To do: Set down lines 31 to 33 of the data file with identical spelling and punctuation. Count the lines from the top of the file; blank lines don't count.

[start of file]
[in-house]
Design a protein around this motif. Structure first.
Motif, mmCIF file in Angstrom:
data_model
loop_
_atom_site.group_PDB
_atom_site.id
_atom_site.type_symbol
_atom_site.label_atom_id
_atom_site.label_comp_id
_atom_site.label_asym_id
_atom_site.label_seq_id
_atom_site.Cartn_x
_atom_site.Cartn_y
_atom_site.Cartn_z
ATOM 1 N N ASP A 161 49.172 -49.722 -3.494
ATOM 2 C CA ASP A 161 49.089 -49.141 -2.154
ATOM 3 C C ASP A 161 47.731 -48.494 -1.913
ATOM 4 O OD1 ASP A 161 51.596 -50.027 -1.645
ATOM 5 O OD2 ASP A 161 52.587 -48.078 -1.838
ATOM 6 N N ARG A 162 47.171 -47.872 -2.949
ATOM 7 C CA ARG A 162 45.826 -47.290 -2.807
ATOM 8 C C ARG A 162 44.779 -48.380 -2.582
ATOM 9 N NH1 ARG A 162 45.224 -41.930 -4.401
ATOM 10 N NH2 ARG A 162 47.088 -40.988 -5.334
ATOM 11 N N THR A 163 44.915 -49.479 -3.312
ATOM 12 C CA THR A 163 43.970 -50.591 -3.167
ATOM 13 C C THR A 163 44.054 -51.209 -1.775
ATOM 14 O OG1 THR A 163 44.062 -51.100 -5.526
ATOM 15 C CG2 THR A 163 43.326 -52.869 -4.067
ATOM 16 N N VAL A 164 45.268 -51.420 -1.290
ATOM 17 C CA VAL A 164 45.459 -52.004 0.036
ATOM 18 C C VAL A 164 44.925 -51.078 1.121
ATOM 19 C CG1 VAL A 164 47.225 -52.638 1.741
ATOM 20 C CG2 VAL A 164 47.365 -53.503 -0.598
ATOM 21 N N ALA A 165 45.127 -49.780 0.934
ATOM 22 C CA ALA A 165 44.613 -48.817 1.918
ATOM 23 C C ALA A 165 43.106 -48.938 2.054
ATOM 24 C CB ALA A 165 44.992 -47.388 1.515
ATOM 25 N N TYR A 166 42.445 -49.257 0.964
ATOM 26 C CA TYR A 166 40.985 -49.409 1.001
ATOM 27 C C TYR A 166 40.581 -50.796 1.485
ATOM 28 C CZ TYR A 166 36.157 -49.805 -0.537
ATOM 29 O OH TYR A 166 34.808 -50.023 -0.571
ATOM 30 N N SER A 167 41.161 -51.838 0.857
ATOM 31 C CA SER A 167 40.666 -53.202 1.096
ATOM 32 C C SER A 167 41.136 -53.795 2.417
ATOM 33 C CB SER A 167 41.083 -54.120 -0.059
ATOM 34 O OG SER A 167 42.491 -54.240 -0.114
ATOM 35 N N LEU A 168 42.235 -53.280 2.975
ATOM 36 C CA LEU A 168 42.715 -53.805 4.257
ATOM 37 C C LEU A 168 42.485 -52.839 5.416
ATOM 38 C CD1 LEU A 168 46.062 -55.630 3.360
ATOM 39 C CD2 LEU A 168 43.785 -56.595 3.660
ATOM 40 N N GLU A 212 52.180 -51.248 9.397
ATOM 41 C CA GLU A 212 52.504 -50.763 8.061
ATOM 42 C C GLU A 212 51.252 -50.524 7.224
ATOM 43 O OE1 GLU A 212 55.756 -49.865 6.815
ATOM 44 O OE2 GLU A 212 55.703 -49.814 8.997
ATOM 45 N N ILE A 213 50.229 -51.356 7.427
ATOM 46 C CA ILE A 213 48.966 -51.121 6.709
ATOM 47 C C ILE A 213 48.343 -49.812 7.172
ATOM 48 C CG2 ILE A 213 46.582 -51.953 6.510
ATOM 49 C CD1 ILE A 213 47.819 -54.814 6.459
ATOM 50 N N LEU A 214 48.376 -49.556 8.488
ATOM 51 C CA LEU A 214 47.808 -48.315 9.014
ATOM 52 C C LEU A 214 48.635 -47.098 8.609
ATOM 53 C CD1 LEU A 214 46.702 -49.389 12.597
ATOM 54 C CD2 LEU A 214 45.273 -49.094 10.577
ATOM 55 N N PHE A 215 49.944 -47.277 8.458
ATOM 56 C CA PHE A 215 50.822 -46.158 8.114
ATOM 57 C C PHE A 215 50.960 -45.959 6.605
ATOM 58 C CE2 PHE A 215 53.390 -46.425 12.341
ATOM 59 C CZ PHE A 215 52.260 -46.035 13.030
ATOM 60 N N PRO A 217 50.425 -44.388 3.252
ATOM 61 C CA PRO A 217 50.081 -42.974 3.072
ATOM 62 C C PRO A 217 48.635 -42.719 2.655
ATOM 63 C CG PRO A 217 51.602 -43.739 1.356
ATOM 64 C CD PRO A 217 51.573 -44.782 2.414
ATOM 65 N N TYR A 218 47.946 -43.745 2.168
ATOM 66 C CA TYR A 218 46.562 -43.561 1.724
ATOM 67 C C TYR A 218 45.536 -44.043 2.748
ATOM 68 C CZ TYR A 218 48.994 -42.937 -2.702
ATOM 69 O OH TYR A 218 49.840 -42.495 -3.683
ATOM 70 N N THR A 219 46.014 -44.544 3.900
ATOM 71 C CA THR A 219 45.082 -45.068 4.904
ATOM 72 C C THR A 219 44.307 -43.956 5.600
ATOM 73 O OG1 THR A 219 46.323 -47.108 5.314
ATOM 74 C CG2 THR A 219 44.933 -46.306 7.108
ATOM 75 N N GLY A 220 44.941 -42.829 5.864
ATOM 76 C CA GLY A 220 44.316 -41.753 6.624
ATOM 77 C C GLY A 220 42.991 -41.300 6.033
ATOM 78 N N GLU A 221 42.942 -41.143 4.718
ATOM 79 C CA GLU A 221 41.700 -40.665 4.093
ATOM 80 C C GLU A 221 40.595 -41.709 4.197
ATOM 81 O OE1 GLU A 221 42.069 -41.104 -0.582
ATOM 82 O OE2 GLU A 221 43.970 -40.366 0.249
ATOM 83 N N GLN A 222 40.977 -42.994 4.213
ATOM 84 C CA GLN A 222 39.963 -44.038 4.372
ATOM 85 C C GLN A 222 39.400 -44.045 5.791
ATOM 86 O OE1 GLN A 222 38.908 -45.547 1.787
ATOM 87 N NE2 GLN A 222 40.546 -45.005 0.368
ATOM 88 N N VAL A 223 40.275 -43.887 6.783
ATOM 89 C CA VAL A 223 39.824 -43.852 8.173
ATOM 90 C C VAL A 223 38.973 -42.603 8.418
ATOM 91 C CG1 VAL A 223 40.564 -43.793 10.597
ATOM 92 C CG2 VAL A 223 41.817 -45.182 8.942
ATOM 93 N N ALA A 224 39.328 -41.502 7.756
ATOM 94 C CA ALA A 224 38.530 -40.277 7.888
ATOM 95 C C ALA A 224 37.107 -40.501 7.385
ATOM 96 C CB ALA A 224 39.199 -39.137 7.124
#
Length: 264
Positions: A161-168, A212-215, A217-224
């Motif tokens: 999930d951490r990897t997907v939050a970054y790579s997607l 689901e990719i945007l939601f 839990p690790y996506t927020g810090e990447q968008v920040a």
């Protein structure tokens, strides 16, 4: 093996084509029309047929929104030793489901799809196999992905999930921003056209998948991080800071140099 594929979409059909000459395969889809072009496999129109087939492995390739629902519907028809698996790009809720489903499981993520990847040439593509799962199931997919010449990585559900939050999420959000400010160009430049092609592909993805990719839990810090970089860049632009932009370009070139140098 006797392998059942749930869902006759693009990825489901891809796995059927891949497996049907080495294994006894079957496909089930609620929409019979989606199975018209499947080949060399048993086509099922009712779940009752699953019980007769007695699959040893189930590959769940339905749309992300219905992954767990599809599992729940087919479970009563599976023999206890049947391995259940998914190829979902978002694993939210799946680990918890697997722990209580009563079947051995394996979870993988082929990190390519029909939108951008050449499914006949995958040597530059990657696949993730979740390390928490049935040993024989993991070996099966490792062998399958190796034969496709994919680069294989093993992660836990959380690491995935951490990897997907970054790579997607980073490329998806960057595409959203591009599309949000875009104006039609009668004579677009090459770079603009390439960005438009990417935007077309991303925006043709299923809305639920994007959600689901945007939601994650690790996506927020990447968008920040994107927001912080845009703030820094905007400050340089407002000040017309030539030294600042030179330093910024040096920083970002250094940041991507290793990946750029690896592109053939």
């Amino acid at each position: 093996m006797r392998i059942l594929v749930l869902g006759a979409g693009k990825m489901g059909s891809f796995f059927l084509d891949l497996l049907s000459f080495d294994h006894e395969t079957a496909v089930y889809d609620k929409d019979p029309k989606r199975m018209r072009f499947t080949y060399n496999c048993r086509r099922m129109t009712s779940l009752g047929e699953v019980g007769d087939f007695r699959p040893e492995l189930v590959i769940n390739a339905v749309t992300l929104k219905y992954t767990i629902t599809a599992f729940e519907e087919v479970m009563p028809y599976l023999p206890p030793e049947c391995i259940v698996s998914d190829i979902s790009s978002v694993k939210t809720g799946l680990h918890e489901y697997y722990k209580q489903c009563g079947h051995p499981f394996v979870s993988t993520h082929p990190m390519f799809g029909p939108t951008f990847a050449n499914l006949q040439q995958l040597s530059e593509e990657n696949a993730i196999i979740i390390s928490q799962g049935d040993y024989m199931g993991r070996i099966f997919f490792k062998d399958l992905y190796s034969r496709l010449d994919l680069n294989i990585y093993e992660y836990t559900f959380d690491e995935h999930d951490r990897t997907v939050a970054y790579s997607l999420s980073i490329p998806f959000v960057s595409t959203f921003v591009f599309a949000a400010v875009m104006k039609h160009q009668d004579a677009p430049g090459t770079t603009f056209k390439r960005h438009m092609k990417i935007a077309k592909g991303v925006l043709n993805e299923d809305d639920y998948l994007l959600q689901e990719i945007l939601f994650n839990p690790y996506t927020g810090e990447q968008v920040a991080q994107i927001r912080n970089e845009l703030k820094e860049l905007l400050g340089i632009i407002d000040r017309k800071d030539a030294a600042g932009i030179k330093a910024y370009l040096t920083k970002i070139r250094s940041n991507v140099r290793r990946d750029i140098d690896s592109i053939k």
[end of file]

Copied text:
ATOM 16 N N VAL A 164 45.268 -51.420 -1.290
ATOM 17 C CA VAL A 164 45.459 -52.004 0.036
ATOM 18 C C VAL A 164 44.925 -51.078 1.121